Where do newly diagnosed patients seek information?

A recent report in Urology focused on the role of information sources in the treatment decision-making process of men diagnosed with localized prostate cancer.

Ramsey et al. conducted a prospective survey of men diagnosed with localized prostate cancer in three geographically separate regions in the US. Most men were surveyed after diagnosis but before starting therapy.

The results of this survey showed that:

  • On average, men with localized disease consulted nearly 5 separate sources of information before treatment.
  • The most common source of information was (not surprisingly) the patient’s physician (97 percent) — and we assume this to mean the physician who carried out the diagnosis.
  • Other common sources of information included “lay literature” (pamphlets, videos) (76 percent), other health professionals (71 percent), friends with prostate cancer (67 percent), and the Internet (58 percent).
  • Most men rated the sources they consulted as helpful.
  • Consulting the Internet was associated with considering more treatment options.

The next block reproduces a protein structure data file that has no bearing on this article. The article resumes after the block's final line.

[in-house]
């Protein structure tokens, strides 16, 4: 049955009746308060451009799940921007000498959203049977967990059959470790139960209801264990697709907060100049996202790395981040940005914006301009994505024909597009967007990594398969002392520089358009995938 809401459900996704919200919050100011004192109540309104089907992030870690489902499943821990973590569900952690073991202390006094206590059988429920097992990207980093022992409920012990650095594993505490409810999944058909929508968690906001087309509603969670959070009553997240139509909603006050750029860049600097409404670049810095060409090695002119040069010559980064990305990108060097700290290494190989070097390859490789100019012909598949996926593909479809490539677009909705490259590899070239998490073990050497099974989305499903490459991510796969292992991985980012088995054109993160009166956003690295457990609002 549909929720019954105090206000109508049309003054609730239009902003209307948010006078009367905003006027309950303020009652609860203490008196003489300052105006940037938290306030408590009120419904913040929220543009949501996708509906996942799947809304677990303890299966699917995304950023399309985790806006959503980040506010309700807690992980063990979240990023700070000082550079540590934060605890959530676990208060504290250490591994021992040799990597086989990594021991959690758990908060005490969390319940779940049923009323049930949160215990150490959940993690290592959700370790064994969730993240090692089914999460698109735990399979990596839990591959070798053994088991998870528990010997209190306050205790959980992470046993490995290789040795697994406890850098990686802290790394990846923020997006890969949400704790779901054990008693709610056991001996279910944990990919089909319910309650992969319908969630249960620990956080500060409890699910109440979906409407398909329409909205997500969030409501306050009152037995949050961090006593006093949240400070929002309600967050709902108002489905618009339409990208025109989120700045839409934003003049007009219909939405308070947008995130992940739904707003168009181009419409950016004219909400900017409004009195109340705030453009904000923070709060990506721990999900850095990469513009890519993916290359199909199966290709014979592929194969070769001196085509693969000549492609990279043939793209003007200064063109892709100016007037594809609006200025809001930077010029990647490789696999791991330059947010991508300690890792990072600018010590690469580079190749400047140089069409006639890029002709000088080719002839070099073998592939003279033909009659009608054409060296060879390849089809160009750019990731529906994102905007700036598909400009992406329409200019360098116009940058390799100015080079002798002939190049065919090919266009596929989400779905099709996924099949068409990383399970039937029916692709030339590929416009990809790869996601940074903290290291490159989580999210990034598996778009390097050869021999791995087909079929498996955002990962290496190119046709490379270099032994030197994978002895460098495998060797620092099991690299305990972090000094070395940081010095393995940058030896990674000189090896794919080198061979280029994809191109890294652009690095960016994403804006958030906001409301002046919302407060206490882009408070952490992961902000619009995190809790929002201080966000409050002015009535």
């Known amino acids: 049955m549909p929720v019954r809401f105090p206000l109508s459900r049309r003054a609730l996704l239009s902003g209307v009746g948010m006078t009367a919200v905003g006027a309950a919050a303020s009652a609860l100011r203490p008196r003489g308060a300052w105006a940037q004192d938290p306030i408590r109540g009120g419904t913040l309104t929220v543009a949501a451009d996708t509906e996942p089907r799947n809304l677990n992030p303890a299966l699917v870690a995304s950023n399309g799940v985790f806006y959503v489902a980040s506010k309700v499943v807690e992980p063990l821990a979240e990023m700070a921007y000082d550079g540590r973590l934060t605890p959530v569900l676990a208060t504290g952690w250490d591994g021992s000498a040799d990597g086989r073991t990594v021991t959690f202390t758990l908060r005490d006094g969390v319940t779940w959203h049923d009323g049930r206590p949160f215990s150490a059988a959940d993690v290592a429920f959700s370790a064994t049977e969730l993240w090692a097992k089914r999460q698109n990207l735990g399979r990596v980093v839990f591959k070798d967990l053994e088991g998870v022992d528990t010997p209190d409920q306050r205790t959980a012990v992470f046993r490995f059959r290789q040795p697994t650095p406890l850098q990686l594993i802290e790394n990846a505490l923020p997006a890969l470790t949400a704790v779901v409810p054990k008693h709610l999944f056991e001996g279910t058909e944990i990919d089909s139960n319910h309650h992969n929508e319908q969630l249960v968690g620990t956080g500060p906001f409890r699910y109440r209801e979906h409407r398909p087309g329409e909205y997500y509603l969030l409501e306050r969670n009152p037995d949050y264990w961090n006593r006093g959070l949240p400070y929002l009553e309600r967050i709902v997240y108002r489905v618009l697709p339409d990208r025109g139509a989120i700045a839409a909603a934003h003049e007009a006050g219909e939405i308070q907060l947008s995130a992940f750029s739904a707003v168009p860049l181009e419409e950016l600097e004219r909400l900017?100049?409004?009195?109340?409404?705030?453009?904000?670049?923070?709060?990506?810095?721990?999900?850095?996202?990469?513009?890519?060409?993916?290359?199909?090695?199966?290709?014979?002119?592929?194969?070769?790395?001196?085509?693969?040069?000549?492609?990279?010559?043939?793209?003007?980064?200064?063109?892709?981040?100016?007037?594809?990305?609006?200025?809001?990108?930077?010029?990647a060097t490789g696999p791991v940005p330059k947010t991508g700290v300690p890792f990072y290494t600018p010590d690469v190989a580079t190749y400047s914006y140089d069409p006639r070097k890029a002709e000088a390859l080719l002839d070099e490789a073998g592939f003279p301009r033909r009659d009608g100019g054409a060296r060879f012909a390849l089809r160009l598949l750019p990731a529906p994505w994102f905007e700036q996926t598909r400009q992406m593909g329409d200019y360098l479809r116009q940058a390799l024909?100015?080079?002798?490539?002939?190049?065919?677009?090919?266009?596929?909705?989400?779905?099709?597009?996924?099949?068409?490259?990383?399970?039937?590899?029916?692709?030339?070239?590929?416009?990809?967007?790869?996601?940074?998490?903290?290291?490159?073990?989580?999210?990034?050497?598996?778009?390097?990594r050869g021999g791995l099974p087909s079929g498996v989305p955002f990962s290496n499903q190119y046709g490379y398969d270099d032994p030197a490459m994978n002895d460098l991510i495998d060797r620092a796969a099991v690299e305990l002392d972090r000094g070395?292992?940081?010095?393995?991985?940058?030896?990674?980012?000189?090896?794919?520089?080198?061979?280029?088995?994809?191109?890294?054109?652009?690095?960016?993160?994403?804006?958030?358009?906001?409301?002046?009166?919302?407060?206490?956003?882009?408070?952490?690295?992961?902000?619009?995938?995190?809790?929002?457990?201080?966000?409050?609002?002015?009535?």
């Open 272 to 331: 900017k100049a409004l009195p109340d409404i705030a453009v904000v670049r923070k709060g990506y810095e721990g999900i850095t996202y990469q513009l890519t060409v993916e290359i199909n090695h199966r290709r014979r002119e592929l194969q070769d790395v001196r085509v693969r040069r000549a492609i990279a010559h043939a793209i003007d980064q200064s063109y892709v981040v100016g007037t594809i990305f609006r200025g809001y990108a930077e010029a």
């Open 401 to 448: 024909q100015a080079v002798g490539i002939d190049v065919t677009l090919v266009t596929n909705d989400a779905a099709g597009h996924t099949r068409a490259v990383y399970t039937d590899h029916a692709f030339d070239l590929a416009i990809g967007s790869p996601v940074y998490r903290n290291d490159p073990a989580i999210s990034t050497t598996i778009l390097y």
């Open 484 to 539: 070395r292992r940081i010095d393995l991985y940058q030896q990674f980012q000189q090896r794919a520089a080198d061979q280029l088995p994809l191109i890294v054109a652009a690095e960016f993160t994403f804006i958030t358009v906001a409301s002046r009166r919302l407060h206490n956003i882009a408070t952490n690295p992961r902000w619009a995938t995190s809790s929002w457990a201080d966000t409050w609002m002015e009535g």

• Several information sources were significantly associated with consideration of particular treatments.
  • More than 70 percent of men stated that they were considering or planning only one type of therapy.

The authors conclude that “Men with local stage prostate cancer consult a wide range of information sources. Nonphysician information sources appear to influence their treatment considerations, but to a smaller degree than clinical factors.”

What is worrisome here is the inevitable degree to which, since urologists are the physicians who most commonly carry out the diagnosis, many patients may be receiving unnecessary or inappropriate treatment based on the inevitable and well-known bias of the urology community toward surgical intervention. Now we do not mean to imply by this that we think the urology community is deliberately misleading patients. However, it is clear that most urologists, faced with a patient who thinks he needs treatment for localized prostate cancer, are going to suggest surgery as a  primary option, and it is less clear how many urologists will also advise that patient in detail of the other options that may be available to him.

Whether the urology community likes it or not, even at the best centers in the country, radical prostatectomy is associated with risk for a series of significant side effects, some of which can have serious long-term implications. Every patient should receive clear guidance about all his options when it comes to treatment, and he would be wise to get a second opinion from another physician before commiting himself to a specific course of action.

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